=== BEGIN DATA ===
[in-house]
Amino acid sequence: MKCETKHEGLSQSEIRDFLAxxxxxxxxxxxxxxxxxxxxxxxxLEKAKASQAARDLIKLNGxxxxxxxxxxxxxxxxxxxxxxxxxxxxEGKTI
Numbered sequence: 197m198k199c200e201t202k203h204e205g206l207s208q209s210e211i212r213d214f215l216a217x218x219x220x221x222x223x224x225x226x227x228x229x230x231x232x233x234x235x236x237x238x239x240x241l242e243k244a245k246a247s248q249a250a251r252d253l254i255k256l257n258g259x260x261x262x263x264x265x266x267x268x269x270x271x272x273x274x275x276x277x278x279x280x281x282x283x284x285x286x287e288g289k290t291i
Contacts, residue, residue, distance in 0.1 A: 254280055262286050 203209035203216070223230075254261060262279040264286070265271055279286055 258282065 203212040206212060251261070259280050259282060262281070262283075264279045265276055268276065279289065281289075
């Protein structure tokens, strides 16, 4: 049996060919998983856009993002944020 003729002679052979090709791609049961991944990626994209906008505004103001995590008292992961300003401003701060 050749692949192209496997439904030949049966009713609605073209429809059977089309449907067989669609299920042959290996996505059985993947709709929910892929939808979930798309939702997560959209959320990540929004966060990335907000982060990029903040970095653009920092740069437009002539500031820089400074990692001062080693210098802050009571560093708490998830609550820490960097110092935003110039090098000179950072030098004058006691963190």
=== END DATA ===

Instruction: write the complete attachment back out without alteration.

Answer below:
[in-house]
Amino acid sequence: MKCETKHEGLSQSEIRDFLAxxxxxxxxxxxxxxxxxxxxxxxxLEKAKASQAARDLIKLNGxxxxxxxxxxxxxxxxxxxxxxxxxxxxEGKTI
Numbered sequence: 197m198k199c200e201t202k203h204e205g206l207s208q209s210e211i212r213d214f215l216a217x218x219x220x221x222x223x224x225x226x227x228x229x230x231x232x233x234x235x236x237x238x239x240x241l242e243k244a245k246a247s248q249a250a251r252d253l254i255k256l257n258g259x260x261x262x263x264x265x266x267x268x269x270x271x272x273x274x275x276x277x278x279x280x281x282x283x284x285x286x287e288g289k290t291i
Contacts, residue, residue, distance in 0.1 A: 254280055262286050 203209035203216070223230075254261060262279040264286070265271055279286055 258282065 203212040206212060251261070259280050259282060262281070262283075264279045265276055268276065279289065281289075
């Protein structure tokens, strides 16, 4: 049996060919998983856009993002944020 003729002679052979090709791609049961991944990626994209906008505004103001995590008292992961300003401003701060 050749692949192209496997439904030949049966009713609605073209429809059977089309449907067989669609299920042959290996996505059985993947709709929910892929939808979930798309939702997560959209959320990540929004966060990335907000982060990029903040970095653009920092740069437009002539500031820089400074990692001062080693210098802050009571560093708490998830609550820490960097110092935003110039090098000179950072030098004058006691963190």